Whisky: Technology, Production and Marketing (Handbook of Alcoholic Beverages)

Whisky: Technology, Production and Marketing (Handbook of Alcoholic Beverages)

Language: English

Pages: 384

ISBN: B008CYOPGQ

Format: PDF / Kindle (mobi) / ePub


Whisky: Technology, Production and Marketing explains in technical terms, the science and technology of producing whisky, combined with information from industry experts on successfully marketing the product. World experts in Scotch whisky provide detailed insight into whisky production from the processing of raw materials, to the fermentation, distillation, maturation, blending, production of co-products and quality testing, as well as important information on the methodology used for packaging and marketing whisky in the twenty-first century. No other book covers the entire whisky process from raw material to delivery to the market in such a comprehensive manner and with such a high level of technical detail.

* Only available work to cover the entire whisky process from raw material to delivery to the market in such a comprehensive manner
* Includes a chapter on marketing and selling whisky
* Foreword written by Alan Rutherford, former Chairman and Managing Director of United Malt and Grain Distillers Ltd.

 

 

 

 

 

 

 

 

 

 

 

 

 

 

solution. Since bourbon casks are generally only used for one filling, have been charred [15:24 13/3/03 n:/3991 RUSSELL.751/3991-001.3d] Ref: 3991 Whisky Ch 001 Page: 12 0-25 Chapter 1 History of the development of whiskey distillation 13 internally and are made from high quality oak, they are ideal for maturing light flavoured Scotch – especially the faster maturing grain spirit. To facilitate transport of empty casks, North American barrels were broken down into bundles of staves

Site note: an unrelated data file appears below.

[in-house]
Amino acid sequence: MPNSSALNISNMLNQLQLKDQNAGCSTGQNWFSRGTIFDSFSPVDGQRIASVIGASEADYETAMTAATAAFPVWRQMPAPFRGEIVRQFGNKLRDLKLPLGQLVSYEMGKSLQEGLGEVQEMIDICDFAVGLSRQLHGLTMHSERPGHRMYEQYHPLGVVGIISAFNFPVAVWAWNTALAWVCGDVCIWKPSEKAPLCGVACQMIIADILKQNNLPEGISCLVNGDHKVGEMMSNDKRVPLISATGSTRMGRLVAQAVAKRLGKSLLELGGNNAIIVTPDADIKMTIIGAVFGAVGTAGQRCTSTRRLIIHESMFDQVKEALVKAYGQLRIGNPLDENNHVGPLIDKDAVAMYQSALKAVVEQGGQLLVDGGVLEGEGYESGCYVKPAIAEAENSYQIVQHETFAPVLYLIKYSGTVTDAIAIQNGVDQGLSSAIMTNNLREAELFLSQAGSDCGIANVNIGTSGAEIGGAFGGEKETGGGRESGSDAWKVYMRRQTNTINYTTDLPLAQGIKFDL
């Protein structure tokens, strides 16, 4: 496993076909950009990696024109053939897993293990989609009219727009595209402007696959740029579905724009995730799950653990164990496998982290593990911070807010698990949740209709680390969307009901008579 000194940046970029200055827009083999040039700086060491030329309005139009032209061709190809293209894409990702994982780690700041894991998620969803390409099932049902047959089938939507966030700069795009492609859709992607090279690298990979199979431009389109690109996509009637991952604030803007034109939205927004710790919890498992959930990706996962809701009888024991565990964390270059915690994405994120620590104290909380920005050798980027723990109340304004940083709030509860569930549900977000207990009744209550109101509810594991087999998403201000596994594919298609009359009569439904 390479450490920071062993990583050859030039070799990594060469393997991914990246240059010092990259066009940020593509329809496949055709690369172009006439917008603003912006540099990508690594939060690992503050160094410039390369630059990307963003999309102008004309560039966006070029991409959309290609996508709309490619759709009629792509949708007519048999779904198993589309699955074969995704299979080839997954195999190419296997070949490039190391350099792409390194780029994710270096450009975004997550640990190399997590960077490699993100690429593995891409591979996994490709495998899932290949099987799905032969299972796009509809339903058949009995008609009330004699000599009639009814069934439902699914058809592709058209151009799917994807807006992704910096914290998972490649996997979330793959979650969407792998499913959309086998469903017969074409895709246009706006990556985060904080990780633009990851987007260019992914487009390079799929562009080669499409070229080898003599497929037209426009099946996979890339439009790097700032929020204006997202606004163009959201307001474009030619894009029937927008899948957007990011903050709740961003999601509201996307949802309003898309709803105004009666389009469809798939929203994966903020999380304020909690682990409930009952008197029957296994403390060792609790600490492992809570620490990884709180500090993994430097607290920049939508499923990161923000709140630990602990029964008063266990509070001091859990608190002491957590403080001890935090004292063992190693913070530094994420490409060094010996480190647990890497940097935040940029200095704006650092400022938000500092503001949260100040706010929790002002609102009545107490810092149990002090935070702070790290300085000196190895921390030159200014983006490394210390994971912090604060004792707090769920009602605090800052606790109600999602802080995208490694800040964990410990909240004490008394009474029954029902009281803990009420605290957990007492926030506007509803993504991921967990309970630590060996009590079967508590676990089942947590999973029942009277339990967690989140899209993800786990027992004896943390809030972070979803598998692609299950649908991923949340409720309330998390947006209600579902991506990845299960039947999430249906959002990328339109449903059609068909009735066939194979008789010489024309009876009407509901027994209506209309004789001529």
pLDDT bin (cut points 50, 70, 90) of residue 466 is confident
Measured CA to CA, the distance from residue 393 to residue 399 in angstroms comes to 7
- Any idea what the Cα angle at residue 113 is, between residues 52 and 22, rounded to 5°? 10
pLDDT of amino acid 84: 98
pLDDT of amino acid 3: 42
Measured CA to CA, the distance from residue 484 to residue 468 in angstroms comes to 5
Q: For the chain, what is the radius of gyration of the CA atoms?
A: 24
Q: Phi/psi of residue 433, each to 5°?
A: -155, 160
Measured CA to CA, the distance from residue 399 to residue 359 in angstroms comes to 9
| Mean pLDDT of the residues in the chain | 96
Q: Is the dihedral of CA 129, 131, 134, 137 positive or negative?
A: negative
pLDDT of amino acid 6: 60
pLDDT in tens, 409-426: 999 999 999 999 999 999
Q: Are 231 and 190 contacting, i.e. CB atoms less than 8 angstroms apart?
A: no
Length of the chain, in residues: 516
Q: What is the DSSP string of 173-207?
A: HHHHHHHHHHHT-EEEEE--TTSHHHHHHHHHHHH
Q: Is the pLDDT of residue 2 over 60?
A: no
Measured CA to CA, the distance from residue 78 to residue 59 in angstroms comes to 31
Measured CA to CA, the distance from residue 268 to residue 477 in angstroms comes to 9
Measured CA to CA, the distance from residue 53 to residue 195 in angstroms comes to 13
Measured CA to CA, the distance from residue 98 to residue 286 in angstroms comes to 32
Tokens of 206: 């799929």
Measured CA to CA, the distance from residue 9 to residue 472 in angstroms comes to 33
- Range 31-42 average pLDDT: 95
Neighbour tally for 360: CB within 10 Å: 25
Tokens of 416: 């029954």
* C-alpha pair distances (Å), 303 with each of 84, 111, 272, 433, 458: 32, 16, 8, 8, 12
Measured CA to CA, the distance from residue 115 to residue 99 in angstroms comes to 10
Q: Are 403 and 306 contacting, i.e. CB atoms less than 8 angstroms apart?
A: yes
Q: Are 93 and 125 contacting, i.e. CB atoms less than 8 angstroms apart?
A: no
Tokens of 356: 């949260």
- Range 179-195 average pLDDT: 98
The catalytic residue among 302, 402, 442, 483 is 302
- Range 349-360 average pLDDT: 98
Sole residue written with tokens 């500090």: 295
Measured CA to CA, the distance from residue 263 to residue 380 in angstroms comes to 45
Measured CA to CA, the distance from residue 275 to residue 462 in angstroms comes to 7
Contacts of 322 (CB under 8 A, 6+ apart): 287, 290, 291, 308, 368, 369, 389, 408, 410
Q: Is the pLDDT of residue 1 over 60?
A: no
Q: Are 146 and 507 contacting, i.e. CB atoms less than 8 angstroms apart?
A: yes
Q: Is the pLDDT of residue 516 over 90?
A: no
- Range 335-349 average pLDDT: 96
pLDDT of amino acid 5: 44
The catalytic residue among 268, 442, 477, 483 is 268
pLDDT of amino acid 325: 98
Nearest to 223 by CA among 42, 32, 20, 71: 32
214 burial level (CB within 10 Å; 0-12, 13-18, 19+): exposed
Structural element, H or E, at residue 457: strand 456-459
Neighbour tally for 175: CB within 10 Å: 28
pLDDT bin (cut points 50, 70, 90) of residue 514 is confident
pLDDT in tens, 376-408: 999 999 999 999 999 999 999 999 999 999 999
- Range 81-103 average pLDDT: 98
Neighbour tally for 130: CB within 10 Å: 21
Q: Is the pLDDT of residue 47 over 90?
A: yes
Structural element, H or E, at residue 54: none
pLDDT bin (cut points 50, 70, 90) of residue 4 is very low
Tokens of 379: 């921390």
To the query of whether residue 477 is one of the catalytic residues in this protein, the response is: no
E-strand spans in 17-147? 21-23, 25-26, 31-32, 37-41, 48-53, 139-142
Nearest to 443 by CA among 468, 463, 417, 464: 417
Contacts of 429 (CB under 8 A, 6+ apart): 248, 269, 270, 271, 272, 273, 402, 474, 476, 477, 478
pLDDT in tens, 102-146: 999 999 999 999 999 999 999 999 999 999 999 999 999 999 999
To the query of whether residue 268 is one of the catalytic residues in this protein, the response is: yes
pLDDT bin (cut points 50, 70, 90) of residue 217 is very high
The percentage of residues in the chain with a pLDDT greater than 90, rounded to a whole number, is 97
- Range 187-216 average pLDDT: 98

brewing (see, for example, Hough et al., 1982; Young, 1996; Boulton and Quain, 2001; Slaughter, 2002). These reviews already provide authoritative explanations of the alcoholic fermentation of cereal-based wort, so this chapter is more concerned with the practical differences between brewery and distillery fermentations, and makes no attempt to discuss distilled products other than Scotch whisky. In both malt and grain whisky distilleries the principal sources of the congeners in new-make spirit

and copper. As mentioned earlier, the earliest whiskies were predominantly [15:24 13/3/03 n:/3991 RUSSELL.751/3991-001.3d] Ref: 3991 Whisky Ch 001 Page: 6 0-25 Chapter 1 History of the development of whiskey distillation 7 made from malted barley, but many distillers also ground unmalted wheat, barley or oats into their grists. The amount of unmalted grain that could be converted by the enzymes from the malt was no doubt estimated by empirical means, and such additions helped to reduce

and distillation equipment should certainly be cleaned to prevent development of moulds or butyric acid bacteria between periods of use, the equipment listed in Table 4.6 requires both cleaning and sterilization before each use. Although written with the brewing industry in mind, the review by Singh and Fisher (1996) on cleaning and disinfection is equally applicable to the fermentation vessels and associated pipework of the distilling industry. [15:33 13/3/03 n:/3991 RUSSELL.751/3991-004.3d]

quickly. Such problems can occur at the mashing, fermentation and distillation stages. Atypical percentages over-attenuation can be attributed to false declarations when determining the original gravities in a set washback. This is overcome by laboratory determinations of OG over at least six declared washbacks, and calculating the allowance for loss in gravity due to fermentation and to tem- [15:34 13/3/03 n:/3991 RUSSELL.751/3991-005.3d] Ref: 3991 Whisky Chapter 5 Page: 170 152-177

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